Piece: The Things She Carried by Suomo Snook. 14x14" Acrylic on Canvas. My mission with this piece was to heal myself. Too often in life we are taught to make our emotions small, to suppress them, especially as Black women. I just want people to feel something when they look at my art. When emotions are too big to say, my paint brush is the tool through which I find my healing. This piece explore eye contact: Eye contact from girls who have had to make it in order to be treated fairly, from women who have had to avoid it in order to survive, and from people forced to use it in order to be considered human. With the intention of elucidating the hidden emotions Femmes of color have but cannot express, my work attempts to capture what racism, white supremacy and patriarchy have done to us. They've forced us inside, but they cannot hide us. They have us looking over our shoulder, but they will not break us. We choose what to express. We choose what to keep to ourselves. Indeed, I want this piece to show that in spite all odds, we choose to be who we are. I’m always trying my best to honor the soul and the emotion of each piece I create. I believe that’s where you find my art – through the emotion that I capture. As I create, I love the subjects in the way that I need to be loved. I sed them the way I need to be seen. And through this, their light shines. My practice isn’t just about putting paint on canvas. It’s about something deeper – my practice is spiritual and it involves capturing the soul and giving it life. Each painting I create is an extension of myself and the pain that I’ve felt. During the pandemic, I saw violence done to Black and Brown bodies all over the news, on my social media and in my life everyday. Sometimes paint was the only medicine that I had to access my own healing. It was the only thing I could do where I felt like I meant something. When there are no words to describe what you’re feeling, and those feelings are so big that they need to come out, these paintings can say it better than I can. In every painting I make, my subjects say it all. My mission as an artist is an extension of my healing to the world - I want my work to heal souls who have emotions they cannot express. I want my art to elucidate feelings and awaken people to the injustices of the world. And most importantly, I want to love people through my art, just as I've learned to love myself.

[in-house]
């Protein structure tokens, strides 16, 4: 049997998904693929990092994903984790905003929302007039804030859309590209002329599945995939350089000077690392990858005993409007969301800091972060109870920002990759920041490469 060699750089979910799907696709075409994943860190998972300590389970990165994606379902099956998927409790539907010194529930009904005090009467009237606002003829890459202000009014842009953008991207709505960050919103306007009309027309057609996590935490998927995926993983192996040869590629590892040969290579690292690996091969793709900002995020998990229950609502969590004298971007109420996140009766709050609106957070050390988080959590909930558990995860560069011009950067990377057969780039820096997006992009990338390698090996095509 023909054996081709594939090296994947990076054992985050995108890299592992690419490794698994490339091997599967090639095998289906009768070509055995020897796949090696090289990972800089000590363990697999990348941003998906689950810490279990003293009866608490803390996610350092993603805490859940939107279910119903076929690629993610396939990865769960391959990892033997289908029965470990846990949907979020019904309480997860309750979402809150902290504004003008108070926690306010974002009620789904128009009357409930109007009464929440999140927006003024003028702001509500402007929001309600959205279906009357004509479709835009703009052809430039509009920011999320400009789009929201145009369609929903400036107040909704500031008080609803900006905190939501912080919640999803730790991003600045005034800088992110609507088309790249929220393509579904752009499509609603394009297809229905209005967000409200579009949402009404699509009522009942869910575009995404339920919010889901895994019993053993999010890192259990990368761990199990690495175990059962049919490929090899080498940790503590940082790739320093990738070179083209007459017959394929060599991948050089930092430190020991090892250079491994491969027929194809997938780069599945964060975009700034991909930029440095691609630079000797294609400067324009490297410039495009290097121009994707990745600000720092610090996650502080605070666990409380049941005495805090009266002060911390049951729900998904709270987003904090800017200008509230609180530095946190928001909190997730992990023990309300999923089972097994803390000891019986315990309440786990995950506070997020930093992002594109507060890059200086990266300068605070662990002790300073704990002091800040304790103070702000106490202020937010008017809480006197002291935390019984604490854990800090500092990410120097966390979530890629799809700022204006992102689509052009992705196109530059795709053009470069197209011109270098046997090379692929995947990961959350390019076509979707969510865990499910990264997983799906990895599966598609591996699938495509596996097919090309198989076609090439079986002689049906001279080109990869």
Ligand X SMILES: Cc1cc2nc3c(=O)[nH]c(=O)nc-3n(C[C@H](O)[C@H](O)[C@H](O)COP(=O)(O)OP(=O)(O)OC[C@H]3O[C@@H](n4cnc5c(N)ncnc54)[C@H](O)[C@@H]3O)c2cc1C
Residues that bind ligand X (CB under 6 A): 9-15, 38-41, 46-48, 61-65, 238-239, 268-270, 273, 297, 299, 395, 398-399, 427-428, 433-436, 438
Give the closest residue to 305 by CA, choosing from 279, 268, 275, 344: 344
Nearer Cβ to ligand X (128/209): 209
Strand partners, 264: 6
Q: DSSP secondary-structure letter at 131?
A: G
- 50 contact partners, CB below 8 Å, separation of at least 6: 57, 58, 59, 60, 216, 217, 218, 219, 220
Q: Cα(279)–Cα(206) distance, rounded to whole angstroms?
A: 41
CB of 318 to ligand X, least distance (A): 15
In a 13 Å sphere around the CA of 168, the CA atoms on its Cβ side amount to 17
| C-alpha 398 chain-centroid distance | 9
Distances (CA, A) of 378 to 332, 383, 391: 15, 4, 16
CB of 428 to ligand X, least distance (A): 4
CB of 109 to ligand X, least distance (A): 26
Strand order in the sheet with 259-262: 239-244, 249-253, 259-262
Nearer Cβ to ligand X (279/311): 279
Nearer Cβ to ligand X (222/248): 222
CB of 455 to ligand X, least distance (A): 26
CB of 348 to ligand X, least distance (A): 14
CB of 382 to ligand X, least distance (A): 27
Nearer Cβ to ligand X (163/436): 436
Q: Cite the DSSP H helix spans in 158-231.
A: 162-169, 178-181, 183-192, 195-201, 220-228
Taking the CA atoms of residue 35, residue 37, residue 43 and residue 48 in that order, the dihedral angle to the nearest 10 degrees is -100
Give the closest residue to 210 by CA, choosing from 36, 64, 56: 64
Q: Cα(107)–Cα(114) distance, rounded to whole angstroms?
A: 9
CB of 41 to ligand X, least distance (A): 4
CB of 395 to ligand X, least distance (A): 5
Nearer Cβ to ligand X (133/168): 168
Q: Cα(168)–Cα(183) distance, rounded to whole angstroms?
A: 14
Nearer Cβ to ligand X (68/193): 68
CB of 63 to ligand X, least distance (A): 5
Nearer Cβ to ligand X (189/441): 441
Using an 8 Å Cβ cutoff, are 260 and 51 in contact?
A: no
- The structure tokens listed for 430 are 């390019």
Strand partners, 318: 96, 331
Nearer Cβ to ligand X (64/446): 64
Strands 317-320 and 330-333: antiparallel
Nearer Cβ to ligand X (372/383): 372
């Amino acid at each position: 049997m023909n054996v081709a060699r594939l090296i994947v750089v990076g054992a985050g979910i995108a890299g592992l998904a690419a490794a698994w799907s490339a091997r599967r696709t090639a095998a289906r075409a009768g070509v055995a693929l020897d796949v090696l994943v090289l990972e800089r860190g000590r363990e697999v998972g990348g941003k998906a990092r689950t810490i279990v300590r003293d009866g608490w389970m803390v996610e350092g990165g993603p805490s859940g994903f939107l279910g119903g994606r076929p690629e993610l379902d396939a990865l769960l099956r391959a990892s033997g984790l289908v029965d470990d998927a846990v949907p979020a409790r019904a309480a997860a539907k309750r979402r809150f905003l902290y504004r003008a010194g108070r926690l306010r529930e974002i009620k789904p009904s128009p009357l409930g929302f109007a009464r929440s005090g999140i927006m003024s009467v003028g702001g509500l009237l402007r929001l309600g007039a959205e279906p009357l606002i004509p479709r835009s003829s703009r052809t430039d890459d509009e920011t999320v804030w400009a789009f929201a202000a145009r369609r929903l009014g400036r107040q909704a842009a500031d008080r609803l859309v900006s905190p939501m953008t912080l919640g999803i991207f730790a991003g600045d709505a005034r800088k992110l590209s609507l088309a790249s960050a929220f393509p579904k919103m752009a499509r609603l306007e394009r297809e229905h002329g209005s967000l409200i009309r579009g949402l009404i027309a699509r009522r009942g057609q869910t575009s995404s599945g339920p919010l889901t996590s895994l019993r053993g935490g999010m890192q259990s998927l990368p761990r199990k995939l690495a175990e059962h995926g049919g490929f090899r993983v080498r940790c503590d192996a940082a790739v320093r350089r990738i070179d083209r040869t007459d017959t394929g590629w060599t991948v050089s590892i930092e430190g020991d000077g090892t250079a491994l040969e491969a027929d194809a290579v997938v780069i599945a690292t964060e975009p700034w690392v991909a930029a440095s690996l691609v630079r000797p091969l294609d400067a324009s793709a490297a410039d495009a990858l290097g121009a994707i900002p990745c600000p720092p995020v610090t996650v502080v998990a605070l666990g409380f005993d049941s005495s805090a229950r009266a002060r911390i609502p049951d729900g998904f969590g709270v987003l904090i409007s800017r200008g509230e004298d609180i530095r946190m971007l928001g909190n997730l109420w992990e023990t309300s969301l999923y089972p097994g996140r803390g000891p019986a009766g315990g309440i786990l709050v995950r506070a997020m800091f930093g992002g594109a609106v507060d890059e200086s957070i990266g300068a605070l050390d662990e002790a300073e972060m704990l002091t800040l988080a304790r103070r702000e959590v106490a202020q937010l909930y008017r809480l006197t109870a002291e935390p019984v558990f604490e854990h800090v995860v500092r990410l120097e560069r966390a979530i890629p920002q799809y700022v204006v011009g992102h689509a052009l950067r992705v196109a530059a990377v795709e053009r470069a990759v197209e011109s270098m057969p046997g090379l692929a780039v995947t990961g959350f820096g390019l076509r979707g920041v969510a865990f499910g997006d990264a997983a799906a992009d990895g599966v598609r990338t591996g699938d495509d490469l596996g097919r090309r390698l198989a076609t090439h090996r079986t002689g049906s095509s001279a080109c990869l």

The Egungun festival is a yoruban masquerade event connecting ancestors to the living. It's specific to Lagos, Nigeria. Being of Nigerian descent, it was intriguing to learn about the customs since I have never experienced the intricacies of yoruban festivals. Most history focuses on either American history and European history in high schools which excludes BIPOC from knowing their history. I want to create art that showcases lifestyles and cultures of Africa has so that other people can connect with it.
These 3 Runners Up Will Each Receive A $100 AFYC Gift Card
Nonprofit: The BIPOC Project
Hello! I am a graduate student studying illustration at SCAD. A few months ago, as we all knew that there was a shooting case against Asian women in Atlanta. I was very sad when I saw this news, but the teachers and classmates around me gave me a great support and love. This year because of the new crown epidemic, many Asian Americans have been treated unfairly. I am also an Asian woman, so I hope I am use my art to support the Stop Asian Hate movement. In this painting, I draw a crying robot Asian woman. On this woman, you can see that there are many labels, which symbolizes that people always objectify women casually. I also put on a mask for this woman, symbolizing that we are now in a difficult period of the new crown epidemic.
Enjoy Freedom- Remember Slavery, aim is to remind us that we should keep one eye in the present, one eye on the past and both eyes on the future. We must be actively practice our rights to keep the freedom that we have earned (Not Given). This piece in the other pieces are to bring awareness.
My piece is entitled; "You should see me in a crown" it shows black women with their natural hair in black hairstyles. For a long time women of color have fought for the right to express their true identities through their natural and have rebelled against the oppression of straight, chemicalized, heat damage hair and the toxic society that deemed black hair "unprofessional". This piece shows that black hair is beautiful, elegant and powerful.